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Miles Davis

Last Sunday I had the pleasure of seeing Herb Alpert and Lani Hall at SF Jazz. With Bill Cantos on piano, Hussain Jiffry on bass, and the ubiquitous Michael Shapiro on drums, they were the world class backing band I had expected. Funky, with a mastery of all idioms and a particular flair for Bossa Nova. Musicians (including Miles Davis,) have long known that Mr. Alpert is far hipper than his original Tijuana Brass pop hits would indicate. Even as a young musician 40 years ago, I recognized there was something in his tone and phrasing that was unique and timeless. His 1979 hit Rise preshadows Miles' TuTu. Sunday's show was long on standards, a brief medley of all the hits (I was hoping for all of Rise, but it was a 30 second or so interlude) and memorable duets with Lani Hall, who in power and tone reminded me of Streisand. A Cole Porter medley went from Herb playing Begin the Beguine, to a duet with Lani on I've Got You (Under My Skin). Musician, painter, businessman, philanthropist, at 83 Alpert and Hall seem many years younger, and still very much in love. Perhaps the reason he is so hip, is that he plays exactly what he wants, without trying to be avant. He loves the American Song Book, and has a unique way of re-stating and phrasing a well known melody. Nice work if you can get it...
Marcus Miller brought his band to Yoshi's last night in support of his Blue Note Records debut, Afrodeezia. The recording was inspired by his role as a Unesco Artist for Peace and spokesman for The Slave Route Project. His touring band consists of saxophonist Alex Han, trumpeter Lee Hogans, pianist Brett Williams, guitarist Adam Agati, drummer Louis Cato, and Mino Cinelu, a delightful reunion for Marcus, as they both played with Miles. Mino was also one of my favorite (of many) Weather Report perusssionists. He adds both African and Brazillian flavors to Miller's bracing funk. "It was after visiting the House of Slaves on Gorée Island that I composed “Gorée,” explains Miller, referring to the powerful track featured on his previous album Renaissance. “Onstage I felt the need to say what I had been feeling in Senegal. I wanted people to understand that this tune spoke not only of the slave tragedy but, through the music especially, that these people who suddenly found themselves at the bottom of a ship's hold had discovered a way to survive, and were able in time to transform their distress into joy. Shortly after my trip to Gorée, UNESCO named me an Artist for Peace, and made me the spokesperson for the Slave Route Project. That was when I started thinking about Afrodeezia." The band played brilliantly under Marcus' direction; he played Goree on bass clarinet as the last tune of the regular set. Marcus is an artist I see whenever I can; a few months ago with Herbie Hancock and Zakir Hussain (!!!) and Vinnie Colaiuta at SF Jazz, and on my birthday a couple of years ago with Robben Ford and Joey DeFrancesco in a Miles tribute.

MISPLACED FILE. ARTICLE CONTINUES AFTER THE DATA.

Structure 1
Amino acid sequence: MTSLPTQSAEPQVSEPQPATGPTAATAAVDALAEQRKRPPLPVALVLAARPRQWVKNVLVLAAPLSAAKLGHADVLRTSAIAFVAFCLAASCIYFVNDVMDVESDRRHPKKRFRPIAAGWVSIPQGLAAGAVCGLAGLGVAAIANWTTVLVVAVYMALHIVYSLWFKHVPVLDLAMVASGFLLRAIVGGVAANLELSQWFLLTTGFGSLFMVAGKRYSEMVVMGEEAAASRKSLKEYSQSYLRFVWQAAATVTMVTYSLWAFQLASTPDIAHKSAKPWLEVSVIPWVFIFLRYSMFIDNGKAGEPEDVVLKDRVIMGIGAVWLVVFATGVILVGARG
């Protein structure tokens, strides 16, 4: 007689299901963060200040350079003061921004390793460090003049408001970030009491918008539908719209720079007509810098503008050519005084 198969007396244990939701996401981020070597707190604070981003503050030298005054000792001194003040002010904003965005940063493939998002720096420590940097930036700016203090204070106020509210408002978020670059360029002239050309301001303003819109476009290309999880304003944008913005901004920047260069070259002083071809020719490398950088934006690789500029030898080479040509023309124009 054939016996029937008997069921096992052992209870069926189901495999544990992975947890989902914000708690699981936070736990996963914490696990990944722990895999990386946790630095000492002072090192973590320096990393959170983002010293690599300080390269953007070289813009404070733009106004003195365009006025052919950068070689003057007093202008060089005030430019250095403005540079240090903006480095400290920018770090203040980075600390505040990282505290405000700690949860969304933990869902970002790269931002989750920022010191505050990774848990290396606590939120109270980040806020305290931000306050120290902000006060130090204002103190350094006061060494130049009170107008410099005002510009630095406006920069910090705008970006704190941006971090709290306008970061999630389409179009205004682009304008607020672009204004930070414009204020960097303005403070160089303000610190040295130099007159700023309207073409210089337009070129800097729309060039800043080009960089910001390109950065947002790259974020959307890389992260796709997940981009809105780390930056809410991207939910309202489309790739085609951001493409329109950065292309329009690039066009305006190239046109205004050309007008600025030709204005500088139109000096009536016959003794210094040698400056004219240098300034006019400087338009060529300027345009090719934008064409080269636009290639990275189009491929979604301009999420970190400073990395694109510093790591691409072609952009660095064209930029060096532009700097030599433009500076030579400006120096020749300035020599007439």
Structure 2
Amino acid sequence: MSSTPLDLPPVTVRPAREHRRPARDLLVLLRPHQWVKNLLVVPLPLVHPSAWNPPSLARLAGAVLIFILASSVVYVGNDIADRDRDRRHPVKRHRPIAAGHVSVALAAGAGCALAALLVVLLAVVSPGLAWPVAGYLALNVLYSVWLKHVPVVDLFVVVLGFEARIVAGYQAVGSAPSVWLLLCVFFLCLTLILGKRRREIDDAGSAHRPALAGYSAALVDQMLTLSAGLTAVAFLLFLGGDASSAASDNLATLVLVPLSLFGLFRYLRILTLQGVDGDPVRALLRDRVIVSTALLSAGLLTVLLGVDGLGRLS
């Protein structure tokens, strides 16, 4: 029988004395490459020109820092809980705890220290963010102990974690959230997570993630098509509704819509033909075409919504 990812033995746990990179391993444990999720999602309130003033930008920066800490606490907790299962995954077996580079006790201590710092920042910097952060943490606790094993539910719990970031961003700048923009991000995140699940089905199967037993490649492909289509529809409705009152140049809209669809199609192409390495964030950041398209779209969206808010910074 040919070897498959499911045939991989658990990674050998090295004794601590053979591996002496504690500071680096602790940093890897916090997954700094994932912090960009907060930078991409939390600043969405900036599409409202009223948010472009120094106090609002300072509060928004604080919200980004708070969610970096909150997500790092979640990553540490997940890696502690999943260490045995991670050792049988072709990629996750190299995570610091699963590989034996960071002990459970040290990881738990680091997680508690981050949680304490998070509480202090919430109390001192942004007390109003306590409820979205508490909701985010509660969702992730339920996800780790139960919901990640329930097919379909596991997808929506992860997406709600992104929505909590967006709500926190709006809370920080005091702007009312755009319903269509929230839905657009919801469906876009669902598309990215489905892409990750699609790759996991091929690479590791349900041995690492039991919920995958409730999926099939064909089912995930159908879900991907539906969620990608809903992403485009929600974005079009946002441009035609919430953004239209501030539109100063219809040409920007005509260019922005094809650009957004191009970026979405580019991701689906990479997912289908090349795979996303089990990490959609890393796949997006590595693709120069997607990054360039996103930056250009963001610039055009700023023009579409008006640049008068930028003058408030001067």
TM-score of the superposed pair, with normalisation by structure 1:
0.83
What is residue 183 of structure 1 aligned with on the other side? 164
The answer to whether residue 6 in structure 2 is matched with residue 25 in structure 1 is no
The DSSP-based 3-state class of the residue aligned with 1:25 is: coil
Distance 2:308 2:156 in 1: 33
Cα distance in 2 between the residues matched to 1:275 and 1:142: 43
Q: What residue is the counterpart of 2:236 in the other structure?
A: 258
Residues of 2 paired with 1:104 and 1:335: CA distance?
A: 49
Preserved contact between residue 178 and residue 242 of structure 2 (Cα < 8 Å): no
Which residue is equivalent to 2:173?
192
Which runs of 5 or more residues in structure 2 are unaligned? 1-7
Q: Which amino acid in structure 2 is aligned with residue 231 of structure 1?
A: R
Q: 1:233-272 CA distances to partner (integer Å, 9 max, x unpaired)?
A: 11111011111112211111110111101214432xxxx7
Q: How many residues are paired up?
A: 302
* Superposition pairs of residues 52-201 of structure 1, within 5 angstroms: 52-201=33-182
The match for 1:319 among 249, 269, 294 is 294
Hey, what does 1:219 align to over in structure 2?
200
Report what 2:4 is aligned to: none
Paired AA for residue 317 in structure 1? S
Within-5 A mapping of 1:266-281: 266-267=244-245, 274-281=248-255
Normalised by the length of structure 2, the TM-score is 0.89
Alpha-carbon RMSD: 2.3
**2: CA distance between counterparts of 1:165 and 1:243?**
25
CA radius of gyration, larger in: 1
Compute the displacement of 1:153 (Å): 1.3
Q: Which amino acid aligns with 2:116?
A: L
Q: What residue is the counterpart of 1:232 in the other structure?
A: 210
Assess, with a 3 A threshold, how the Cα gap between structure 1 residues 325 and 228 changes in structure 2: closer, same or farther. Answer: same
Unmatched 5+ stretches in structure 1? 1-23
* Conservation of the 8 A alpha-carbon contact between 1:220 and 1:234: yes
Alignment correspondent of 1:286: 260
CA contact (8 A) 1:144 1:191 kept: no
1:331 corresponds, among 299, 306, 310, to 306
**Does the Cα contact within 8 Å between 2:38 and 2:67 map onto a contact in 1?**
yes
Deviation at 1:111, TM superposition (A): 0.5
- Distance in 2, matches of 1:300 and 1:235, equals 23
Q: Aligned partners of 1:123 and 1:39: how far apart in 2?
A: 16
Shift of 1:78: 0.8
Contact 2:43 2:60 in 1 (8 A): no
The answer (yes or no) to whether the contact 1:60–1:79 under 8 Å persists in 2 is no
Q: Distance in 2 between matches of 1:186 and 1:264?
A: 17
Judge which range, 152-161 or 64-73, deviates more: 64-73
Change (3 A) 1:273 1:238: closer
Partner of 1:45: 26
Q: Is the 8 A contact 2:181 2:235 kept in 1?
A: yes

Marcus Miller brought his band to Yoshi's last night in support of his Blue Note Records debut, Afrodeezia. The recording was inspired by his role as a Unesco Artist for Peace and spokesman for The Slave Route Project. His touring band consists of saxophonist Alex Han, trumpeter Lee Hogans, pianist Brett Williams, guitarist Adam Agati, drummer Louis Cato, and Mino Cinelu, a delightful reunion for Marcus, as they both played with Miles. Mino was also one of my favorite (of many) Weather Report perusssionists. He adds both African and Brazillian flavors to Miller's bracing funk. "It was after visiting the House of Slaves on Gorée Island that I composed “Gorée,” explains Miller, referring to the powerful track featured on his previous album Renaissance. “Onstage I felt the need to say what I had been feeling in Senegal. I wanted people to understand that this tune spoke not only of the slave tragedy but, through the music especially, that these people who suddenly found themselves at the bottom of a ship's hold had discovered a way to survive, and were able in time to transform their distress into joy. Shortly after my trip to Gorée, UNESCO named me an Artist for Peace, and made me the spokesperson for the Slave Route Project. That was when I started thinking about Afrodeezia." The band played brilliantly under Marcus' direction; he played Goree on bass clarinet as the last tune of the regular set. Marcus is an artist I see whenever I can; a few months ago with Herbie Hancock and Zakir Hussain (!!!) and Vinnie Colaiuta at SF Jazz, and on my birthday a couple of years ago with Robben Ford and Joey DeFrancesco in a Miles tribute.